Adjusting the screen brightness is achieved through the home screen, and it is possible to customize the home screen and some of the menus to make the features you use most frequently easier to find. Minus access to all of the streaming apps that you want to have at your fingertips.
The different gain settings are a huge point of differentiation for the KANN MAX because it really does have the ability to drive the widest range of headphones and IEMs around.
As I mentioned earlier, Dongle DAPs can sound great with the right pair of headphones or IEMs, but there are limitations in regard to what they can drive and how hard.
The myriad of headphone jacks also makes the KANN MAX rather unique but also very useful if you have a sizable headphone and IEM collection which don’t use only 3.5mm connections; the growing popularity of balanced headphone rigs has forced manufacturers to offer these types of output jacks.
Running the UE Live from both the 3.5mm and 4.4mm jacks, I found that the medium gain setting worked best; anything higher was too much for the IEMs and the top end became quite strident and etched sounding. Running these very resolving IEMs at 40 (out of 150) was the proper level and where I was best able to judge its tonality, resolution, and detail retrieval.
Listening to Kenny Burrell’s “Everdays,” revealed just how resolving the KANN MAX can be delivering his guitar playing with a degree of crispness and resolution that I have only heard before from two-channel loudspeaker setups and some rather expensive vinyl playback systems.
Cymbals had more than enough energy and top end airiness; detail retrieval is excellent through the KANN MAX and I was increasingly impressed with how it handles all genres of music in that regard.
Switching to the Empire Ears Legend X, the same track was delivered with a wealth of detail but with greater depth and richness; the recording is rather crisp and clean sounding with very little added color so it’s clear that the KANN MAX and Legend X were the source of the added body and texture throughout.
“Everyday I Have The Blues” demonstrated that the KANN MAX is excellent at instrument separation and creating a very wide stereo image that extends well outside your headphones; the width and depth of the soundstage is also very dependent on the headphones on the other end.
Trumpets and other brass instruments were delivered with both a crispness and degree of color that really made the music come alive. It was never too brash or metallic sounding with any of the headphones or IEMs and the imaging was very precise.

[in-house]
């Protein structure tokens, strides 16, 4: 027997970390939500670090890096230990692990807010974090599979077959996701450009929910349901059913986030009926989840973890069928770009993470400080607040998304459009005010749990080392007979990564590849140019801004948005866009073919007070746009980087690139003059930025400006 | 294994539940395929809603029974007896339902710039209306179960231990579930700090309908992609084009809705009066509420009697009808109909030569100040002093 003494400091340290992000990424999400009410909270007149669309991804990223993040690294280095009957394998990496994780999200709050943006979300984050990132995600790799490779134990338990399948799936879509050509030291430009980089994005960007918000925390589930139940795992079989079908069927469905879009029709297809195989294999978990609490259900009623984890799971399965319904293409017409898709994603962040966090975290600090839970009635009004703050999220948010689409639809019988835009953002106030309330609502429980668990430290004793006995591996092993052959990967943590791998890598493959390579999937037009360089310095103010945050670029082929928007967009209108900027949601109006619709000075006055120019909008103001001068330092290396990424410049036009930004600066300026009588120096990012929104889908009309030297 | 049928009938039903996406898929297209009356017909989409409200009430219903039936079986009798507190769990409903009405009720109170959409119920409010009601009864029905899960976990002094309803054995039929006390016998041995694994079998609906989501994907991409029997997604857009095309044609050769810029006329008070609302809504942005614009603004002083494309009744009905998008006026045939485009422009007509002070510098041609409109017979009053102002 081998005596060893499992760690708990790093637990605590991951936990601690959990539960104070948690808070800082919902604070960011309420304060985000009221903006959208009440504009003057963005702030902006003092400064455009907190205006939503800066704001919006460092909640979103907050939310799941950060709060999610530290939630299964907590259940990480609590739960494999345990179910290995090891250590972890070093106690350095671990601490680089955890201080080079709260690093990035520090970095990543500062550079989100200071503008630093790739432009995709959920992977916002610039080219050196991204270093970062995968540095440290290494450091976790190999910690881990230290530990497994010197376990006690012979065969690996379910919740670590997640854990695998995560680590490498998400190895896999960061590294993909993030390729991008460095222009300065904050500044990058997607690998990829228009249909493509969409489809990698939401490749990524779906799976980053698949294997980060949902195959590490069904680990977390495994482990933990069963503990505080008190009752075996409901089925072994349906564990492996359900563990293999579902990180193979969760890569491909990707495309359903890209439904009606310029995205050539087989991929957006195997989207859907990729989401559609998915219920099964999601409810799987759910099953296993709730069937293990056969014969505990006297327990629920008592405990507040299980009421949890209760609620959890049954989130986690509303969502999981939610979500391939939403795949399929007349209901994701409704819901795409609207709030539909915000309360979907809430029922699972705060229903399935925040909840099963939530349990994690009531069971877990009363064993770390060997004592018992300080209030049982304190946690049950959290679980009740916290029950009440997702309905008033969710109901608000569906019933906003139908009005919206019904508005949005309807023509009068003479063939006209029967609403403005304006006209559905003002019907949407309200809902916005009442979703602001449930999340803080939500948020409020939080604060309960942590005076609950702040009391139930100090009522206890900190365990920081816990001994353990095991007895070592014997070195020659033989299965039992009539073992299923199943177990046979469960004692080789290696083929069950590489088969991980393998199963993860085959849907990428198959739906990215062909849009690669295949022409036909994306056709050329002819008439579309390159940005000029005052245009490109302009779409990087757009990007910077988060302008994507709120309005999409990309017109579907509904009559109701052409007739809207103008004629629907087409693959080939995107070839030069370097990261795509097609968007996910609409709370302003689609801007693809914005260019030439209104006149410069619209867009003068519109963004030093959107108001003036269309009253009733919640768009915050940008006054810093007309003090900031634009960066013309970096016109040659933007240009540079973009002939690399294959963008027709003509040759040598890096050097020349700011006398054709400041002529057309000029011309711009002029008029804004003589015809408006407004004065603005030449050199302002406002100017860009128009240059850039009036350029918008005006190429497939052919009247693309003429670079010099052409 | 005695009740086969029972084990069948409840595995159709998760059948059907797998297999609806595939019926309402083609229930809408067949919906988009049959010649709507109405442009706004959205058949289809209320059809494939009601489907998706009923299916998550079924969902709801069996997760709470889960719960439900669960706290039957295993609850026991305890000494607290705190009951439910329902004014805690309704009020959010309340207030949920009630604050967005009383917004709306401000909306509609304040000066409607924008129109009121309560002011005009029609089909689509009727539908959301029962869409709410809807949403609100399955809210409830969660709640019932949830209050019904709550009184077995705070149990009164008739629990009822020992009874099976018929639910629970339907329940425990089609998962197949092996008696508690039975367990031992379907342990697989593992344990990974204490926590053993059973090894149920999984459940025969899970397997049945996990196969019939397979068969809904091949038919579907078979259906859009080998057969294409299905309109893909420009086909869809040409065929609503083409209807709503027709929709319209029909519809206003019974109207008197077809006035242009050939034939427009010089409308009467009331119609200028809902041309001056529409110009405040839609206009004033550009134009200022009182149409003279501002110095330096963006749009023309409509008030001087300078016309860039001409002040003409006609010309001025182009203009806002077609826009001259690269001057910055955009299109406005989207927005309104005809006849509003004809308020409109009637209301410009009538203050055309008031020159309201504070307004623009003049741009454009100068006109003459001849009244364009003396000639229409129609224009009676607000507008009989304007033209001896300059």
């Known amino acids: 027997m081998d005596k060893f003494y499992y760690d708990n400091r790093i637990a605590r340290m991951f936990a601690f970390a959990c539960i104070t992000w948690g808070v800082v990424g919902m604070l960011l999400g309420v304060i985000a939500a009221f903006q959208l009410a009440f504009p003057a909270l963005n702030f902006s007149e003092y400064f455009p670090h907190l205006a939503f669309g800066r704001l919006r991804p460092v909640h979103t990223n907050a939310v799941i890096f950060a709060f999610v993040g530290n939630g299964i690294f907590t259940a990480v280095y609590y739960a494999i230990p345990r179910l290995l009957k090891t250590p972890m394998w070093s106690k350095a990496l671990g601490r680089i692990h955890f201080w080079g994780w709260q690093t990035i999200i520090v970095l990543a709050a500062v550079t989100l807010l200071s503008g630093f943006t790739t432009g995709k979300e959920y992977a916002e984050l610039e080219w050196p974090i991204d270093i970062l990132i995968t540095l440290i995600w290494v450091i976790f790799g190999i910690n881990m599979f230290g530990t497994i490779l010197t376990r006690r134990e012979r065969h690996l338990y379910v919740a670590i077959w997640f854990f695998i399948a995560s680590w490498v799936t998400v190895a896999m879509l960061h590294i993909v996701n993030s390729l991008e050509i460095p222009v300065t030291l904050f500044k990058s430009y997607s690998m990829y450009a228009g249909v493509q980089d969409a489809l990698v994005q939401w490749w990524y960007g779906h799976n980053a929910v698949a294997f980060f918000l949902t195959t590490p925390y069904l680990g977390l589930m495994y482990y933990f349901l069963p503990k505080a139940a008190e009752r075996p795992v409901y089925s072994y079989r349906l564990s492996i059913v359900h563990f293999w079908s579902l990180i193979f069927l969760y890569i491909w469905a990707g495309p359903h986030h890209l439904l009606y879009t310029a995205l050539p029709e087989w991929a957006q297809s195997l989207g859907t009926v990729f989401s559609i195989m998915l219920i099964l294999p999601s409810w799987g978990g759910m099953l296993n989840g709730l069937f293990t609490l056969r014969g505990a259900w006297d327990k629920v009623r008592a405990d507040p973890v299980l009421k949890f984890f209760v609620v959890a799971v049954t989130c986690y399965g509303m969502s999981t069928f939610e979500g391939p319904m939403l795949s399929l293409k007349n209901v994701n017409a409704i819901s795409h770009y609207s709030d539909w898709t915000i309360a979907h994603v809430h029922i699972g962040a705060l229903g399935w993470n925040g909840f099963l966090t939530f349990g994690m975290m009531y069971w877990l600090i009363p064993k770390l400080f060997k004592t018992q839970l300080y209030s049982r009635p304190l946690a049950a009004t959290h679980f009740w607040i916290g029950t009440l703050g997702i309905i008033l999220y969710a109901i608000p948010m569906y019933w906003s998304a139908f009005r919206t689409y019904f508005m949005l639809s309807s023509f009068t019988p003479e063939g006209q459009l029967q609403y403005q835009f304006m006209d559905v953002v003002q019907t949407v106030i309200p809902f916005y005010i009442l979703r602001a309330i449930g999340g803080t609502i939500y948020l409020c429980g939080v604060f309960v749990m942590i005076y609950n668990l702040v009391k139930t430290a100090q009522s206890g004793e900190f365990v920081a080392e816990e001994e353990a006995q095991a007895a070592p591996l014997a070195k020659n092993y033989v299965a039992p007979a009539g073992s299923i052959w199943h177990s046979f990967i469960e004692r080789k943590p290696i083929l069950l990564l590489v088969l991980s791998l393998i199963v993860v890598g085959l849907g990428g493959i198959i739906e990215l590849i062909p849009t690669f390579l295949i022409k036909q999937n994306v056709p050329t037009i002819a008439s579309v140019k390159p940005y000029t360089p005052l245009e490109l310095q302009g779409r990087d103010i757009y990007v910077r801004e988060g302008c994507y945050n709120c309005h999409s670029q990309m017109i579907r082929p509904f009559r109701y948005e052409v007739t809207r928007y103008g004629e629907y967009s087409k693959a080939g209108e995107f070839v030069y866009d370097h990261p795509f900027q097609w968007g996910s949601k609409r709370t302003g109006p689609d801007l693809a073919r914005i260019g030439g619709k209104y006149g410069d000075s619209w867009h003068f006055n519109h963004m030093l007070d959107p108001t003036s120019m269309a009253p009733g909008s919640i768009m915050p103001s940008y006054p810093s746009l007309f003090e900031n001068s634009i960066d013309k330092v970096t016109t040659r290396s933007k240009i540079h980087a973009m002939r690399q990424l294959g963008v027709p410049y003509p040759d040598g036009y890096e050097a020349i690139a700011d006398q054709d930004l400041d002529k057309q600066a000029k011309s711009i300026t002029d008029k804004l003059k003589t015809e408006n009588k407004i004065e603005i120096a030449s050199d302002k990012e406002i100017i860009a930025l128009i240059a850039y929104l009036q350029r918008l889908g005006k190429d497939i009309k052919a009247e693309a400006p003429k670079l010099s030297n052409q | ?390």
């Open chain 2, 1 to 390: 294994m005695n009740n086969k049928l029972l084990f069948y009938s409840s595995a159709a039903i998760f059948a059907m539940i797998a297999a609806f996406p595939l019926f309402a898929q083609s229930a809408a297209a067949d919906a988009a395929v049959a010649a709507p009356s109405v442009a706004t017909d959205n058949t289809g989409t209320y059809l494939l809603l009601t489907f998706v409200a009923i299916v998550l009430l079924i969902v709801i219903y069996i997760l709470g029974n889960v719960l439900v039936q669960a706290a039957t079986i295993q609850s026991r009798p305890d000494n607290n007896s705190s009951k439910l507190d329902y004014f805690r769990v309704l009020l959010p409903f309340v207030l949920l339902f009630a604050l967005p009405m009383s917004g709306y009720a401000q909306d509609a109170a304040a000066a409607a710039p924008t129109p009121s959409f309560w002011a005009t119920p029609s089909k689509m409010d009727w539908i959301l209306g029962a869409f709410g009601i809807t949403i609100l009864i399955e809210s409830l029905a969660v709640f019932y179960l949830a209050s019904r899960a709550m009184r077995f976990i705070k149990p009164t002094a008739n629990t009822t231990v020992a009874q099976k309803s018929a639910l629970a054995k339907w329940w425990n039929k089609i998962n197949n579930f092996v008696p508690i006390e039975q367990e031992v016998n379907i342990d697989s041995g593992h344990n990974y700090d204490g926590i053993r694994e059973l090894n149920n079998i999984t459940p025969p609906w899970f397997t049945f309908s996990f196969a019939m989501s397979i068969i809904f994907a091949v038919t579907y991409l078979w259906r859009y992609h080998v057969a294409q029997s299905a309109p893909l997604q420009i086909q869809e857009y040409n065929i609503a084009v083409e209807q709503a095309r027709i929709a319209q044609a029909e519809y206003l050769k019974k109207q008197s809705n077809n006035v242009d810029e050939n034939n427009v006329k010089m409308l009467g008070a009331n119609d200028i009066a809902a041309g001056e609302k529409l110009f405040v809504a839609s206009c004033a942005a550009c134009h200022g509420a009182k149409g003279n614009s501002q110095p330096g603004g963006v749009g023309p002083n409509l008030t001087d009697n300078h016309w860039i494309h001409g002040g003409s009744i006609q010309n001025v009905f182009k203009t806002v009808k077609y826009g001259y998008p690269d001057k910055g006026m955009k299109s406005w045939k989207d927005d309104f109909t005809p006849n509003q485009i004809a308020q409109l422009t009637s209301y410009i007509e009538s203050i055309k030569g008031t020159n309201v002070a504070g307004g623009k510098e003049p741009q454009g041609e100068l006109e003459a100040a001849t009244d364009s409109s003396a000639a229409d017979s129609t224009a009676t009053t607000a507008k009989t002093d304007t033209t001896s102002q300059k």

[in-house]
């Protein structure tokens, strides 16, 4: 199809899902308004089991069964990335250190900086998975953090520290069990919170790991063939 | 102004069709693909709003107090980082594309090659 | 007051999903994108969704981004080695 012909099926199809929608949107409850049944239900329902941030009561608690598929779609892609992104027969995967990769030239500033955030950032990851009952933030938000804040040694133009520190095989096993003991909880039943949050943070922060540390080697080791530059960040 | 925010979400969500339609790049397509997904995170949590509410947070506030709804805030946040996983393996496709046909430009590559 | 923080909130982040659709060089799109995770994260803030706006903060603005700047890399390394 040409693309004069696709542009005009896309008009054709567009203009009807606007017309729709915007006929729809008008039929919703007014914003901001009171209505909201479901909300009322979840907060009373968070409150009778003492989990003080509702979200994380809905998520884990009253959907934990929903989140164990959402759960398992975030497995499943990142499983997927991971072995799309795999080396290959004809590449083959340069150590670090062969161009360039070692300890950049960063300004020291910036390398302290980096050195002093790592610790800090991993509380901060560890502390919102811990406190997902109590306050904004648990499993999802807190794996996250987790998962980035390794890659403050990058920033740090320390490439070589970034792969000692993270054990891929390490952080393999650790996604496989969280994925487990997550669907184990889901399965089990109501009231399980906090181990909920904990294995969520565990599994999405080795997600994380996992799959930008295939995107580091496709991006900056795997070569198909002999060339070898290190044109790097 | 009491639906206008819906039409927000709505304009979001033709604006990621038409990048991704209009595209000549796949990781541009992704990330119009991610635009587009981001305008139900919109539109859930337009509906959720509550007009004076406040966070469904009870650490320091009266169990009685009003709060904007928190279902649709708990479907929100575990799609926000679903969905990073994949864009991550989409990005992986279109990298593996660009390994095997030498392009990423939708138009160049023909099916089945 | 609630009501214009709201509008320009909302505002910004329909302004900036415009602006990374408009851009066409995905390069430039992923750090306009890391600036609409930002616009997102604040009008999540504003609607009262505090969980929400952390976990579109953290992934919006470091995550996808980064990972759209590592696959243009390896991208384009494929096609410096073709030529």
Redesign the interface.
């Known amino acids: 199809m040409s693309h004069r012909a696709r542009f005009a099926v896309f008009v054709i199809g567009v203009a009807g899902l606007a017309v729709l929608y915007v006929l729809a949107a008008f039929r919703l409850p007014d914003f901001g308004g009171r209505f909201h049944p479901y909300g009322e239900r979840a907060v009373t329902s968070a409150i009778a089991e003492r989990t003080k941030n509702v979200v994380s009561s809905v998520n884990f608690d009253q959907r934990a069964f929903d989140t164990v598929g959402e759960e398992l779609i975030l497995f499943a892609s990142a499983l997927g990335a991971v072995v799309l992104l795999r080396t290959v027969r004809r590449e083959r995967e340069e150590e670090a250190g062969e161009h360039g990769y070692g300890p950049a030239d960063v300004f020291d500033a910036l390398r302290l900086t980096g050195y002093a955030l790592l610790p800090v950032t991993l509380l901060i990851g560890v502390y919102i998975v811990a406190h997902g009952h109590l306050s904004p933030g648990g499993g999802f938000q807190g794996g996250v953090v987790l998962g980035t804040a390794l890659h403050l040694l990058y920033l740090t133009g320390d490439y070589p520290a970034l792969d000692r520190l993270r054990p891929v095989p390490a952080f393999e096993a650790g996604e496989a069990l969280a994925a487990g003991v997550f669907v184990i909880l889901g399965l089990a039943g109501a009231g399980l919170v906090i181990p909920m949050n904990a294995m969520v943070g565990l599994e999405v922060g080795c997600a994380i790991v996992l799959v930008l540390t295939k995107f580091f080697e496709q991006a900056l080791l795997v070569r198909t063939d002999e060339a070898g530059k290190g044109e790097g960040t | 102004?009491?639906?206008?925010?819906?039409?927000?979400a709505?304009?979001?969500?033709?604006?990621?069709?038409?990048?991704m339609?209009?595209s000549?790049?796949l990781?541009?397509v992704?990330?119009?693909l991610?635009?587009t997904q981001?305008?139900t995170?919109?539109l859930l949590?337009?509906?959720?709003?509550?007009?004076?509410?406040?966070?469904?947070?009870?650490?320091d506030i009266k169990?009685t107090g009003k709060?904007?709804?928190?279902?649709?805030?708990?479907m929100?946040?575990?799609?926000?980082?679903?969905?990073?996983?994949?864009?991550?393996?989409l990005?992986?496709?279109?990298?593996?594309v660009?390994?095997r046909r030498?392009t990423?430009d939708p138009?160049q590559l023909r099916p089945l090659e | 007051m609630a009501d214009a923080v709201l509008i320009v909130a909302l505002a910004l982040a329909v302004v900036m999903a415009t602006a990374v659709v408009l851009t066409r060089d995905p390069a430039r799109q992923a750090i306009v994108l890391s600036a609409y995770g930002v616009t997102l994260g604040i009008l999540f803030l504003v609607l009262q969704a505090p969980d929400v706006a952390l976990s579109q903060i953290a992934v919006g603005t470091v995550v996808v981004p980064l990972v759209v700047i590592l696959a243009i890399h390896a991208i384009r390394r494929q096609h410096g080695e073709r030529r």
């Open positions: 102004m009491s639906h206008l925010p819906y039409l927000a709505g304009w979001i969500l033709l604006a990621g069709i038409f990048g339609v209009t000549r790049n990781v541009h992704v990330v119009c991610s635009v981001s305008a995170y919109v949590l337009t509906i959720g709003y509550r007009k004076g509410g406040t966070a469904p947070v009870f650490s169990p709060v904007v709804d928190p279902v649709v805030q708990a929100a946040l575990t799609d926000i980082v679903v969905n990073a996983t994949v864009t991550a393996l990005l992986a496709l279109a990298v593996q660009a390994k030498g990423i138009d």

The Kennerton Magni were a better test of the KANN MAX’s bass performance and it did not disappoint; bass notes were both very resolute and quick, but also quite textured. None of my IEMs were capable of delivering this kind of bass response and it was rather clear that the A&K DAP is able to drive a larger, closed back headphone like the Magni without much difficulty.
I went back and forth between the gain settings and settled on “High” with the Magni and felt that it didn’t require pushing the volume past “80” (out of 150) to really open up and hit its stride. The sound was crisp, detailed, and very transparent.
Green Day’s “Boulevard of Broken Dreams” has a lot of low end energy, but also a rather clean sounding presentation and it was the perfect track to run through the KANN MAX using TIDAL as the streaming platform.
It did take almost 3 seconds for the DAP and TIDAL to sync on this track which was less than ideal; other DAPs don’t seem to struggle as much with TIDAL and there is clearly something going on with the software and how the KANN MAX handles the data coming from the cloud.
The KANN MAX produced the bombastic Green Day track from American Idiot with excellent clarity, detail, and a high level of resolution. Lord Armstrong came across with more than enough color and vocals were somewhat forward of the mix.
My final experience with the KANN MAX was a test of its Bluetooth performance and the new Edifier Stax Spirit S3 Wireless Headphones. TIDAL provided a number of playlists as I moved around the house, putting some range between myself and the DAP.
My home was built in 1860 and the original horsehair sheetrock is still In good shape in most rooms. It is also quite good at blocking any Bluetooth signal so I was rather surprised that I managed to get a signal standing 20 feet away and separated from the KANN MAX by 3 interior walls.
The maximum range in any outdoor open space proved to be around 30 feet and I was able to secure a strong signal indoors as long as I was 20 feet away and in a relatively open space.
The bass response with the Edifier Stax Wireless Headphones was surprisingly strong; although not quite as strong as the KANN MAX driving the Kennerton Magni in a wired configuration.
The DAP offers a super gain setting which is primarily designed for really hard to drive On-Ear Headphones and it never struggled with anything in my arsenal. With the DAP set to the super gain setting I never had to raise the volume past 35 with the UE Live IEMs or 42 on the Legend X.
We have heard rumors that the KANN MAX can drive the HiFIMAN Susvara; with a sensitivity rating of 83dB and impedance of 60 ohms, that seems like a claim that needs to be verified before we can say that it is true — but none of that takes away from the reality that the A&K KANN MAX is a very powerful DAP that can drive a rather extensive range of high-end headphones.
The Astell&Kern KANN MAX would be the best DAP on the market if the UI was better; the interface needs to be easier to navigate and the music streaming apps must be front and center so that you don’t have to look through the menus to find them. That should not be acceptable at this price point.
After 3 weeks of listening to the Astell&Kern KANN MAX through a wide range of headphones and using it as my primary digital source with the Ampsandsound Kenzie Ovation Rev2, there is no question in my mind that it is one of the top 3 DAPs currently available regardless of price.
Operational quirks aside, and they are items that need to be addressed by Astell & Kern when it comes to the UI, the KANN MAX is capable of driving almost anything in the headphone and IEM categories and delivering a state-of-the-art listening experience.